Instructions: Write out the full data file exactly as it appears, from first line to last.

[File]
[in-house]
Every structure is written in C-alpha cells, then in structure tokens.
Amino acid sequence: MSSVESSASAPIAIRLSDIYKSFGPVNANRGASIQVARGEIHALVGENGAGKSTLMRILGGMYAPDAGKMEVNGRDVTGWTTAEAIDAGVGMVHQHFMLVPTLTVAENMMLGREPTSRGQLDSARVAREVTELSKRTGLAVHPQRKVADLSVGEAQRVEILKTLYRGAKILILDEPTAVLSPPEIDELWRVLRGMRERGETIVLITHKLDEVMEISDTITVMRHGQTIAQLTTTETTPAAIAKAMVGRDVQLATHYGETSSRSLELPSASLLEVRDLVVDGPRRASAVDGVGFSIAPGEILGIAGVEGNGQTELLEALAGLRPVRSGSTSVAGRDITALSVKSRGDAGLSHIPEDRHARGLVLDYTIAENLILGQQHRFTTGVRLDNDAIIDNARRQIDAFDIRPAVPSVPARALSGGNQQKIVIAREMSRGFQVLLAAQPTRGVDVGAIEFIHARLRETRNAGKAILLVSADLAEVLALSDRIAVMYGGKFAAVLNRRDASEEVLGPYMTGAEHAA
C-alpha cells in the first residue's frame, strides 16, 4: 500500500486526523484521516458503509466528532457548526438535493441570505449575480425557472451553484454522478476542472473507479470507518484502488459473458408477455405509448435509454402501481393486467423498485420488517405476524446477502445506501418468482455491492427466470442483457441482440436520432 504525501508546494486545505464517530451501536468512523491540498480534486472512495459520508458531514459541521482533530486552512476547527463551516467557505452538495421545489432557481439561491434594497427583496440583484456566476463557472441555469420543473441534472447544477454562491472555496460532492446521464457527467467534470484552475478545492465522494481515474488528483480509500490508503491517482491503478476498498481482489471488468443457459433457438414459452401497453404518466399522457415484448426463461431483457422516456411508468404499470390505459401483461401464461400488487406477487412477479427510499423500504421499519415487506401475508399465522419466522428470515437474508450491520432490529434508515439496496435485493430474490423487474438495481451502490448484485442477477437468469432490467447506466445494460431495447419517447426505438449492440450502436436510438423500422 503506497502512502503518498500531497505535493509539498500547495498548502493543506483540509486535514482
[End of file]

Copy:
[in-house]
Every structure is written in C-alpha cells, then in structure tokens.
Amino acid sequence: MSSVESSASAPIAIRLSDIYKSFGPVNANRGASIQVARGEIHALVGENGAGKSTLMRILGGMYAPDAGKMEVNGRDVTGWTTAEAIDAGVGMVHQHFMLVPTLTVAENMMLGREPTSRGQLDSARVAREVTELSKRTGLAVHPQRKVADLSVGEAQRVEILKTLYRGAKILILDEPTAVLSPPEIDELWRVLRGMRERGETIVLITHKLDEVMEISDTITVMRHGQTIAQLTTTETTPAAIAKAMVGRDVQLATHYGETSSRSLELPSASLLEVRDLVVDGPRRASAVDGVGFSIAPGEILGIAGVEGNGQTELLEALAGLRPVRSGSTSVAGRDITALSVKSRGDAGLSHIPEDRHARGLVLDYTIAENLILGQQHRFTTGVRLDNDAIIDNARRQIDAFDIRPAVPSVPARALSGGNQQKIVIAREMSRGFQVLLAAQPTRGVDVGAIEFIHARLRETRNAGKAILLVSADLAEVLALSDRIAVMYGGKFAAVLNRRDASEEVLGPYMTGAEHAA
C-alpha cells in the first residue's frame, strides 16, 4: 500500500486526523484521516458503509466528532457548526438535493441570505449575480425557472451553484454522478476542472473507479470507518484502488459473458408477455405509448435509454402501481393486467423498485420488517405476524446477502445506501418468482455491492427466470442483457441482440436520432 504525501508546494486545505464517530451501536468512523491540498480534486472512495459520508458531514459541521482533530486552512476547527463551516467557505452538495421545489432557481439561491434594497427583496440583484456566476463557472441555469420543473441534472447544477454562491472555496460532492446521464457527467467534470484552475478545492465522494481515474488528483480509500490508503491517482491503478476498498481482489471488468443457459433457438414459452401497453404518466399522457415484448426463461431483457422516456411508468404499470390505459401483461401464461400488487406477487412477479427510499423500504421499519415487506401475508399465522419466522428470515437474508450491520432490529434508515439496496435485493430474490423487474438495481451502490448484485442477477437468469432490467447506466445494460431495447419517447426505438449492440450502436436510438423500422 503506497502512502503518498500531497505535493509539498500547495498548502493543506483540509486535514482